research_text_graphic.jpg (3230 bytes)

1999 Projects

Current Projects

Green_Ball.gif (257 bytes) Benthic processes
Green_Ball.gif (257 bytes) Midwater research
Green_Ball.gif (257 bytes) Upper ocean biogeochemistry
Green_Ball.gif (257 bytes) New research platforms
Green_Ball.gif (257 bytes) ROV improvements
Green_Ball.gif (257 bytes) Mooring improvements
Green_Ball.gif (257 bytes) New in-situ Instruments
Green_Ball.gif (257 bytes) Information management and archiving
Green_Ball.gif (257 bytes) Education and outreach
Green_Ball.gif (257 bytes) 1998 Projects
Green_Ball.gif (257 bytes) 1997 Projects


1999 Projects: New research platforms

MBARI Autonomous Underwater Vehicle (MAUV)

Project lead/manager: William Kirkwood
Project team: Peter Brewer, Chris Grech, and Mark Greise

To advance understanding of the oceans, marine science must progress in its capabilities to make systematic, intensive measurements of a broad range of ocean properties over extended periods of time. The development of technology for autonomous underwater vehicles (AUVs) holds considerable potential for overcoming one of the most challenging obstacles to making such long-term observations: lack of access to vast areas of the marine environment.

Currently MBARI’s ships and ROVs are used for routine transects in support of upper ocean biogeochemistry and midwater ecology. Recent progress in the design and fabrication of low-cost AUVs provides an attractive alternative to expensive ship and pilot time for routine sampling when there is little-to-no need for human intervention during the course of the data collection exercise.

While AUVs are currently being used on a limited scale for science-related missions, a variety of factors restricts progress toward producing a vehicle capable of versatile, multi-faceted science missions. MBARI is suited to making contributions in several of these areas, including devising better means of mechanical and electronic interfaces for scientific instruments with the AUV and finding solutions to limitations related to power conservation and data transmission. MBARI has already begun to address the latter challenges, in conjunction with other research on seafloor observatories, by investigating technological options for non-contact power- and data-transfer. These options are potentially applicable to science-capable AUVs.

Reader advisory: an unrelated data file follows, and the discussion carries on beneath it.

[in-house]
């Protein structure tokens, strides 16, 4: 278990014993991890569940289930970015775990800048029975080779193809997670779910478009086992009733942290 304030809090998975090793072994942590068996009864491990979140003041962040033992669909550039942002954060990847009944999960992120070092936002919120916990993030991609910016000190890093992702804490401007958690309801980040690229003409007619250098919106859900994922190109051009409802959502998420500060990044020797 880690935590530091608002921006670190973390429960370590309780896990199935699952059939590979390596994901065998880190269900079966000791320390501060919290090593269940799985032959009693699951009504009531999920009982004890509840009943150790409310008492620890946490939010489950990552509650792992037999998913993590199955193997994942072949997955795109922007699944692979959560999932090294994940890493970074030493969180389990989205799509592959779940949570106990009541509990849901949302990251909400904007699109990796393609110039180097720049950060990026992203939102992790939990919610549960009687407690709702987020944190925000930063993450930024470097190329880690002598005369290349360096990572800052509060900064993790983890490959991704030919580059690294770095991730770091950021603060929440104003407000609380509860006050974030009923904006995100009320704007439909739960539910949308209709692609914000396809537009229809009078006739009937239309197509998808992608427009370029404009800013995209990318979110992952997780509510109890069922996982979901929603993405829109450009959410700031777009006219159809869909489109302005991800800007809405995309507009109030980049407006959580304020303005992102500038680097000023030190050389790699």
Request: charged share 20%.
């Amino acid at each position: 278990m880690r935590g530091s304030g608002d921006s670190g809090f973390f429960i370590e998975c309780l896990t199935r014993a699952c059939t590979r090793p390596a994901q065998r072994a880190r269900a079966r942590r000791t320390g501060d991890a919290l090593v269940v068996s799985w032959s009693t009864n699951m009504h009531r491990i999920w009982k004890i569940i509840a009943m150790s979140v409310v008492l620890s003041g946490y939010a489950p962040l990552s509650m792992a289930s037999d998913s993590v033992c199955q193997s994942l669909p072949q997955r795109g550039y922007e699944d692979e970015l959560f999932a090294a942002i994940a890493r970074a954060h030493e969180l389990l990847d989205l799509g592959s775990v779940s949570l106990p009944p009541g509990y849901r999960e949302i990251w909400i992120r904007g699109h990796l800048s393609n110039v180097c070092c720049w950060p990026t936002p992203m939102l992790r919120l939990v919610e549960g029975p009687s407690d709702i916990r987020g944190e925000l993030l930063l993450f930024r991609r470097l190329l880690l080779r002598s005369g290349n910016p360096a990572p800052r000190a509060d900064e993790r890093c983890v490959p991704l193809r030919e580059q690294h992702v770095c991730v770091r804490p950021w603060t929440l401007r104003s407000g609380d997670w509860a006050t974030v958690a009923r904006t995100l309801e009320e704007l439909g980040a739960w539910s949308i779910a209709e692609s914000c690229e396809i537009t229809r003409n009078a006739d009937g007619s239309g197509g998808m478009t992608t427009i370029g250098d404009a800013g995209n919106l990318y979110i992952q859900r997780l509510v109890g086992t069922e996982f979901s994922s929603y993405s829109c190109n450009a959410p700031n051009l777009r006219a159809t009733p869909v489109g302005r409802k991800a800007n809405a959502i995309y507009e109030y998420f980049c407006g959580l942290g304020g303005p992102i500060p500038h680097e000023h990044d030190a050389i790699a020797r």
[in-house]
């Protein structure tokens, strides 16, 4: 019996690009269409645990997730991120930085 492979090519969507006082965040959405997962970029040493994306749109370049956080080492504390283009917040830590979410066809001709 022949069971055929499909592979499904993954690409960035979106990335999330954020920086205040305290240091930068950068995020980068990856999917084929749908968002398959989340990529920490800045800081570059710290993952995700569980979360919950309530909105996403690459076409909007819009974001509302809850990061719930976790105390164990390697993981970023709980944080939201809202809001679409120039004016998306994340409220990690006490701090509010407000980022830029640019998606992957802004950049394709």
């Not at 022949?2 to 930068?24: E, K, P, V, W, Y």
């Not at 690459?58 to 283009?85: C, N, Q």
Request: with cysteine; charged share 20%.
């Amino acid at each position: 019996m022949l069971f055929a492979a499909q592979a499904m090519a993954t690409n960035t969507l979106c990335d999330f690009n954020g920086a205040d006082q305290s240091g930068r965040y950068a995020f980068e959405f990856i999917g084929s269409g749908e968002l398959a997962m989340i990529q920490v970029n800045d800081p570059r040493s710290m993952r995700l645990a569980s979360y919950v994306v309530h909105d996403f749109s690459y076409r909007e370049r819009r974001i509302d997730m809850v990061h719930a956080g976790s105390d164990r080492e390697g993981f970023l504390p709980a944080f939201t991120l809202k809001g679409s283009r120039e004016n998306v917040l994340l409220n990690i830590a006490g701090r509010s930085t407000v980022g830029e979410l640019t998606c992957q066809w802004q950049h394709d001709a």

MBARI’s strategy in entering the AUV field is to team with partners who already have much experience in vehicle design, such as Massachusetts Institute of Technology and Woods Hole Oceanographic Institution. The plan is to borrow a working vehicle and concentrate efforts on integrating low-power instruments into the design and developing a variable ballasting capability for vertical positioning.

The goal of this project is to initiate MBARI’s entry into AUV technology research by:

  • Developing an in-house autonomous capability for water-column surveying
  • Improving existing AUV systems in the areas of endurance, maintainability, reliability, and the  configuration of software and hardware
  • Building the technical foundation for pursuing new AUV-mission capabilities

Collaborative efforts with the Massachusetts Institute of Technology are already underway. Through the National Ocean Partnership Program (NOPP), MIT has secured funding to design and build a long-endurance AUV and has requested assistance from MBARI on development of the vehicle and mission payload. MBARI also will obtain an Odyssey AUV on loan from MIT for experimentation purposes. The outcome of this collaboration will be the first step toward an AUV system with advanced features, which MBARI scientists can use to further oceanographic research.

Perhaps MBARI's most important contribution to the advancement of AUV technology in the 1999-2003 timeframe will be to determine the engineering and operational strategies necessary to support a variety of routine science missions with AUVs on a daily basis at minimal cost. Future efforts will include porting some of the higher task-level control software developed for MBARI’s ROVs to AUVs in order to conduct more complex missions.

Next: Cabled Observatory of Monterey Bay

Last updated: 07 October 2004